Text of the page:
Los Cabos: Piers Handling on Toronto’s Growth, Year-Round Presence, Digital ChallengeVariety — John Hopewell
LOS CABOS, Mexico — September’s 43rd Toronto Intl. Film Festival was Piers Handling’s 37th and final edition, the director and CEO since 1994 stepping down after the event following 23 years at its helm and an association running back to 1982.
Honored at Mexico’s Los Cabos Festival, Handling reflected in a conversation with Mexican journalist Leonardo García Tsao about the extraordinary evolution of Toronto and the film festival scene at large.
Handling commented at one point during the talk that he will finally get a summer holiday. For how long is another matter. He is already preparing to write a history of film festivals. His comments at Los Cabos indeed already carried the weight of long thought-through reflection. Here are just three points from a highly entertaining one-hour conversation, which took in how the Oscar race has hugely affected fall festivals, the challenges to independent production, what makes a festival click:
1.TORONTO’ SIGNATURE GROWTH
Maybe no other festival in the world has grown as much as Toronto. Launched as the Toronto Festival of Festivals in 1976, its first edition screened 127 films and had an audience of some 35,000. By 2016, those figures had grown to 397 movies playing before an audience of 480,000. ”You never have a real clear sense of what your festival going to turn into,” Handling said at Los Cabos. That said, Toronto set out to grow into a big, inclusive festival. “There needed to be ultimately a very large festival in North America to counterbalance the big festivals in Europe,” There was a market demand for such as event. “The U.S. was and still is the most important film market in the world. A lot of people wanted to get their films released into North America.” “Toronto’s big advantage was that it was in North America but not in the United States of America.” A lot of the international industry which came didn’t feel overwhelmed by the U.S. industry. Toronto was “neutral ground,” Handling said. “The Torontonians love the fact that it’s a huge international event that happens every year; it feels in a funny way that we have the Olympics every year in your city,” he added.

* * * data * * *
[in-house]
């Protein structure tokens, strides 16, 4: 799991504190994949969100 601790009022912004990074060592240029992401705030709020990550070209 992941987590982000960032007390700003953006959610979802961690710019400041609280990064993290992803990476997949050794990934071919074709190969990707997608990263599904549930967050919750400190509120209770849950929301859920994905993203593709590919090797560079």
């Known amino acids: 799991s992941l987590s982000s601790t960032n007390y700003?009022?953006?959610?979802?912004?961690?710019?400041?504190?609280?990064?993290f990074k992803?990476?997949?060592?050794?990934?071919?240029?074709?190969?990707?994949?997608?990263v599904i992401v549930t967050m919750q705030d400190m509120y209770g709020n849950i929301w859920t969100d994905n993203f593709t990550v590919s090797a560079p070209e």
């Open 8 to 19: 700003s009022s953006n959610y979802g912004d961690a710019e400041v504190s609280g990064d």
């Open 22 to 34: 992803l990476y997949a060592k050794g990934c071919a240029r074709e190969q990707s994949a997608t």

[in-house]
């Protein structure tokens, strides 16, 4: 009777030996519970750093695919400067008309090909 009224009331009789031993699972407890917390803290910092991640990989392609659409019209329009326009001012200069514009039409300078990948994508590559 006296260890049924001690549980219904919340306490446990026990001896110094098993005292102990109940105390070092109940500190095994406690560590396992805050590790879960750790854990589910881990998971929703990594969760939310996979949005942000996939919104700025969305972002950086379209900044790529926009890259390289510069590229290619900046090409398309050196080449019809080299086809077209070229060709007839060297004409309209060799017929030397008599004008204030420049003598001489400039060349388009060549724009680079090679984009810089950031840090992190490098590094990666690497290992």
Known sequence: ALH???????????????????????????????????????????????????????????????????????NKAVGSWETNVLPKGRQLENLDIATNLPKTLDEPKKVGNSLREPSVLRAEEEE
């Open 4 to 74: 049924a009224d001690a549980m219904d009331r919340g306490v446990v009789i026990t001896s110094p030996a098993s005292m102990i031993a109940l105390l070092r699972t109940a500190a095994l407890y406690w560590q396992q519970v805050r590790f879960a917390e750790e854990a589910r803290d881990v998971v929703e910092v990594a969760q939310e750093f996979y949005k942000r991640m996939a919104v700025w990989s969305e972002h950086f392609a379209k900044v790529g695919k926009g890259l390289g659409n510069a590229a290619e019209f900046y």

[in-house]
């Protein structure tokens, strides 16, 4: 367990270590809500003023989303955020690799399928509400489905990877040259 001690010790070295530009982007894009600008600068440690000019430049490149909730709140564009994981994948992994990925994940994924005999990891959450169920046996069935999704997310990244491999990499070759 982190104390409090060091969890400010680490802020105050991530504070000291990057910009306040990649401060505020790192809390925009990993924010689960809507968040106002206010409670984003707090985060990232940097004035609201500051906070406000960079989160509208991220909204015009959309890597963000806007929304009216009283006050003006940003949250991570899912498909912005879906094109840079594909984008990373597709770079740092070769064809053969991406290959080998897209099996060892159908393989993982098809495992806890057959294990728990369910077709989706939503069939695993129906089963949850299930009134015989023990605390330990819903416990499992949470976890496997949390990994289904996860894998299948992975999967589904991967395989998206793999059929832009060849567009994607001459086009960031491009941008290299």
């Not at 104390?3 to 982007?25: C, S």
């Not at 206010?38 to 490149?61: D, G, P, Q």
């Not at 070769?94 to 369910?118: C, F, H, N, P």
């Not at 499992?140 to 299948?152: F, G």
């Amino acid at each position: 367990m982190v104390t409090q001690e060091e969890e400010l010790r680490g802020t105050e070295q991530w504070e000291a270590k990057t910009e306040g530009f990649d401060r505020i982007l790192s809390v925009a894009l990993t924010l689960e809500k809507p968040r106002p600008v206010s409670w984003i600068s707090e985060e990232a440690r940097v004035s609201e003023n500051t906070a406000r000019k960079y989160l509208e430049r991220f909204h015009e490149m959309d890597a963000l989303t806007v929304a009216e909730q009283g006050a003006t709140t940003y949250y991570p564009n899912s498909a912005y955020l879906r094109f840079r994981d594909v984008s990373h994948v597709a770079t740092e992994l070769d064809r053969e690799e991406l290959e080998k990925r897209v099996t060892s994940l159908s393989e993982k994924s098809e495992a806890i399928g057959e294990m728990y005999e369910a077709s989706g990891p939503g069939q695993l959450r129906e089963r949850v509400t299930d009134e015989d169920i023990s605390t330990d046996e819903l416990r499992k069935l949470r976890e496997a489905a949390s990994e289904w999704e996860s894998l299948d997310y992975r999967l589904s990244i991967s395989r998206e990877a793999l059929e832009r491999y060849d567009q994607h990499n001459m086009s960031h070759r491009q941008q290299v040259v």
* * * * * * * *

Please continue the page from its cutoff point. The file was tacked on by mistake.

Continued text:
2.LEVERAGING SPONSORSHIP: THE TIFF BELL LIGHTHOUSE
Maybe Handling’s biggest single achievement was the construction of the TIFF Bell Lightbox, a permanent film hub home offering year-round programming, lectures and exhibitions. Handling said that he was inspired by his own cinematheque background. Also, “so much really interesting programming was being offered to us and we couldn’t absorb it into the festival.” Also, a festival covers a short period of time “You’re developing a huge interest and excitement with your audience and they have no outlet for it, unless there’s a thriving arthouse scene.” But the Bell Lightbox also has an economic rationale. Toronto depends in large part on corporate sponsors. We began to say: ‘Maybe there’s a way of not only connecting with more of your audience but doing something for people who are supporting the event.” As government festival funding comes until larger fiscal pressure and sponsors demand more bang for their buck, more festivals in Europe are likely to go more year-round. Many have already started.
3.FESTIVALS’ BIG CURRENT CHALLENGE: THE DIGITAL UNIVERSE
As arthouse cinemas close and industry is “becoming more and more homogenized,” with “more and more English-language material entering the marketplace,” festivals are “a site of resistance, aspirational hope for what cinema can do.” The only people who can keep those ideas alive are festivals and institutions. But festivals these days have to start in a significant way to think internationally.”How do you have a presence outside your city? That’s a big challenge for festivals right now. It’s not just physical programming. It’s the digital universe and how we can carve out a niche for ourselves. That’s the next tidal wave that’s coming at us. How you keep relevant while still retaining the core of what you are as an institution, [valuing] the big-screen experience? If people can’t go to your festival physically, how can they experience what you’re doing in a virtual way? Nobody’s really worked that out. That’s the challenge for the next generation behind me.”